Aysha Peltz

Artist Statement

Most good pots, whether functional or not, conjure associations beyond use. The forms I make reference utility, the familiarity of these forms, creating an invitation to explore further. My thrown pots are built on basic geometries, cylinders or cones varying in proportion with a suggestion of volume. To these forms I add layers of texture and dimensional line that will respond to and emphasize the actions to follow. The alteration is a push into the inside or outside of the wall expanding the texture from behind, creating curves and swells in the form. This way of working naturally creates suggestions of terrain, body and flora; parched earth, a body in motion, or the imminent decay of something overripe. I fire the pots under fluid, translucent glazes preserving these “moments” in fired clay. My pleasure in making these pieces is being lost in their landscape, imagining myself in a terrain. Connected to my delight in this journey is the phenomenon that occurs when I push against a thrown, textured form to reveal something of the properties of clay.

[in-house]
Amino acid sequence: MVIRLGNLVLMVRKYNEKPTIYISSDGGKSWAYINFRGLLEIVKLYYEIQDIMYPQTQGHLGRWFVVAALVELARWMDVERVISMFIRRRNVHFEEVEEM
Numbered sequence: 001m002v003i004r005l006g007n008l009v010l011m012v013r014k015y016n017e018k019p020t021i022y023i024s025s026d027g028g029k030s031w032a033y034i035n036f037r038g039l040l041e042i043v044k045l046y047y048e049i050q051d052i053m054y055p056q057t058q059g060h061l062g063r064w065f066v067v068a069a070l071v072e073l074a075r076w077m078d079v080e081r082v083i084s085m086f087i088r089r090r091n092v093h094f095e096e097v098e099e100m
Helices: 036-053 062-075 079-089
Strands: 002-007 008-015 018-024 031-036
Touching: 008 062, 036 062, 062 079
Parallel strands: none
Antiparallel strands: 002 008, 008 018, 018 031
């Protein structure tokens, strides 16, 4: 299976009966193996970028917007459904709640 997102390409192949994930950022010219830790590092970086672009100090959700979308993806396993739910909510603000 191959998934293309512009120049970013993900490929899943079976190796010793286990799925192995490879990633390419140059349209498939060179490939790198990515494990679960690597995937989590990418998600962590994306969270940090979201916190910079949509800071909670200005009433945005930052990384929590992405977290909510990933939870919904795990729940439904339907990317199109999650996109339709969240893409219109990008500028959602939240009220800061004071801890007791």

-- Aysha Peltz


Aysha Peltz’s pottery explores imagined space, scale and the poetic properties of the ceramic medium. She is a studio potter and faculty at Bennington College in Vermont. She received her BFA and MFA from the New York State College of Ceramics at Alfred University. She has taught at many schools and craft centers including: Kansas City Art Institute, New York State College of Ceramics at Alfred University, Haystack Mountain School of Craft, Arrowmont School of Arts and Crafts, and Peters Valley Craft Center. Peltz was awarded an Emerging Artist Award at the National Council for the Education of the Ceramic Arts. Her work has been published in The Masters: Porcelain, The Art of Contemporary Ceramics, Ceramics Monthly and Studio Potter. Her work is in many collections including: the American Museum of Ceramic Art, The Schein-Joseph International Museum of Ceramic Art, Jingdezhen Ceramic Institute, and the Huntington Museum of Art, where she received the Walter Gropius Master Award.